Sloat’s third approach comes directly from the art world, and attempts to play several games simultaneously. Distributed on pedestals throughout the gallery are small reproductions of the famous Jeff Koons sculpture Michael Jackson and Bubbles. Koons, of course, has based his career on elevating kitsch to the level of high art, and this sculpture is considered one of his most successful, because of its incorporation of Jackson at the height of his fame. Here, Sloat has reversed the process, reducing Koons back to the level of kitsch through mass reproduction. Only one of the mini-reproductions is painted to resemble the original Koons, and the rest are messily painted to resemble a number of other iconic characters, including Elvis, Lin-O from the Thudercats, and John Lennon. Bubbles, too, gets a makeover, as Ringo on Lennon’s lap, and a Care Bear on Lin-O’s. There is also a Thriller-era Jackson, in red zippered leather, and two unpainted pieces, one featuring Jackon’s head wrapped in a bag, and another coated in rubber.
If Koons was exploiting the mainstream success of Jackson as his “low art” to be elevated to “high art” via sculpture and museum exhibition, what has Sloat done? If the Koons can be remade as kitsch, and Jackson’s identity destroyed by a simple repainting, can the myth be unmade? Can the icon be decomissioned? By layering his fixation on Jackson over Koons strategies of high/low interplay, Sloat offers up a pop culture icon machine that is dependent on the creation and destruction of icons like Jackson, simultaneously scavenging from the mainstream while pretending to be above it.
If “I’m Not Like Other Guys” were a Michael Jackson record, the pieces above would be “Beat It,” “Billy Jean” and “Thriller.” The other pieces are the filler around the radio hits, including a video mashup in a vintage display, a “stained glass” window and a View-Master of altered imagery from Thriller. Ultimately, I think that these pieces fail to rise to the level of the others, and undercut the ideas that Sloat has already successfully addressed in other pieces. Had the show been edited down from seven pieces to four you would have a solid set – like a playlist you’d repeat over and over.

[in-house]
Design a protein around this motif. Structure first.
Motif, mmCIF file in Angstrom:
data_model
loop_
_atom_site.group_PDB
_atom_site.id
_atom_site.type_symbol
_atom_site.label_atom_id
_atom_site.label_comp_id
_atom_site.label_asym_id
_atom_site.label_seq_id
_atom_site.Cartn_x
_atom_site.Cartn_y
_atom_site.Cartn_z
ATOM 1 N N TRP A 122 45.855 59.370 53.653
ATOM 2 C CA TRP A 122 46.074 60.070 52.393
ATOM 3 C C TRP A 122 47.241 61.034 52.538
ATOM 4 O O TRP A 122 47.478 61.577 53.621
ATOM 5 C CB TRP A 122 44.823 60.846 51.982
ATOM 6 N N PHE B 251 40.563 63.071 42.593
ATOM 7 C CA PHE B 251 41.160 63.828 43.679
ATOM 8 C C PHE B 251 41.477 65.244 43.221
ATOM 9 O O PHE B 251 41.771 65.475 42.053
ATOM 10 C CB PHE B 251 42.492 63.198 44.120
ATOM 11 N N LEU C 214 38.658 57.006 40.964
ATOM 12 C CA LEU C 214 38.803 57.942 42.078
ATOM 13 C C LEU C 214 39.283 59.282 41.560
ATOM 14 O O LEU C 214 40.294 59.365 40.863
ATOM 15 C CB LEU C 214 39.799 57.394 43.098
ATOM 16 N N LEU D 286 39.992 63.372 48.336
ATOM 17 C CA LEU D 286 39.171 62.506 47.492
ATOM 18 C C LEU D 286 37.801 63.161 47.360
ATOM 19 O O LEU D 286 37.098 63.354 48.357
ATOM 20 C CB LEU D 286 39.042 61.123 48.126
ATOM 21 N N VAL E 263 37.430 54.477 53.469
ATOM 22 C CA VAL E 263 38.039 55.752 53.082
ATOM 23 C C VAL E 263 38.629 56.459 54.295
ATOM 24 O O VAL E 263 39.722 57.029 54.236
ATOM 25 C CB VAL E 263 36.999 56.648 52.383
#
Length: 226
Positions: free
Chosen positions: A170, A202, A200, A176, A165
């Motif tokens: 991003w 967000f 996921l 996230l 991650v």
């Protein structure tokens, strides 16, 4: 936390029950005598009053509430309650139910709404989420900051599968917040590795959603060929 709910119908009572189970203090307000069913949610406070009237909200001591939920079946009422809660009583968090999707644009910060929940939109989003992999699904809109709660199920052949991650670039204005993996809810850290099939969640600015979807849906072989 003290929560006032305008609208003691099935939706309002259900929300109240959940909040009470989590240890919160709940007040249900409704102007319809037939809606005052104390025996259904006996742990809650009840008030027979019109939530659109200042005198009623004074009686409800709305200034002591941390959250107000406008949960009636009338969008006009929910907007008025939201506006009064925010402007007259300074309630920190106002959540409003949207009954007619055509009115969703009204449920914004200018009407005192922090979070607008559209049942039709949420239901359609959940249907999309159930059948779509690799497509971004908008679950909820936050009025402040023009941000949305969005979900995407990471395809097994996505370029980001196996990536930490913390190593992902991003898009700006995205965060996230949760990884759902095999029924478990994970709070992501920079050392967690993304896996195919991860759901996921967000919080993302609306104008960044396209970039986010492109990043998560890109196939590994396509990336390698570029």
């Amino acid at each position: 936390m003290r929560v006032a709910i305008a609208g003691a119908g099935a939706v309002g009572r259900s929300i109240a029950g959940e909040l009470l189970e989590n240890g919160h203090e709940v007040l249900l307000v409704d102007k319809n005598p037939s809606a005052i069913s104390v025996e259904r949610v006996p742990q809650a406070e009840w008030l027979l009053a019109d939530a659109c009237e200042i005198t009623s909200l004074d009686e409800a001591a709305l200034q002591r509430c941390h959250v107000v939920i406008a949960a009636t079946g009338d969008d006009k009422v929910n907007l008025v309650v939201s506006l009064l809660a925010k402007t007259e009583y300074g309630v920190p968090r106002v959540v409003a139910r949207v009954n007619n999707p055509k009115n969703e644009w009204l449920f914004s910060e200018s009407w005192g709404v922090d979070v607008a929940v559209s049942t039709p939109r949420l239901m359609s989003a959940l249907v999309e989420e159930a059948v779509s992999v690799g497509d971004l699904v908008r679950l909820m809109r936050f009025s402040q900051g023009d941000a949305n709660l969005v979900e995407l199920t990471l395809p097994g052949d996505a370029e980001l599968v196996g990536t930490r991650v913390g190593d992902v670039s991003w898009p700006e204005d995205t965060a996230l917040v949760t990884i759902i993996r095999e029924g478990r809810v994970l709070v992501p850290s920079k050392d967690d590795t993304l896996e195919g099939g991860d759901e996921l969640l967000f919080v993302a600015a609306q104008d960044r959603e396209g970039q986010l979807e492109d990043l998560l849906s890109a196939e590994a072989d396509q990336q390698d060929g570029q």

Absent from the gallery exhibition is any reference to the performance held on the opening night, in which Sloat brought in dancers from Dorchester’s OrigiNation troupe to perform the main dance sequence from Thriller. I had hoped to find video documentation in the gallery, having missed the actual performance, and perhaps it will be available soon. However, the idea of recreating the spectacle that was Jackson’s Thriller for gallery visitors strikes at the heart of what I think Sloat wants of his audience: to re-examine the creation of a particular myth, once seen with child-like awe, through mature eyes. The icon that is Michael Jackson is truly a mirror back onto ourselves, revealing the twisted nature of our expectations and desires. He tells us how we create and destroy myths, and ultimately what our fantasies would look like if they were made real.
“Ben Sloat: I’m Not Like Other Guys” is on view September 5 – 27, 2008 at O•H+T Gallery.
All images are courtesy of the artist and O•H+T Gallery.
After this piece was published, Ben Sloat sent along video of the Thriller performance from the opening reception: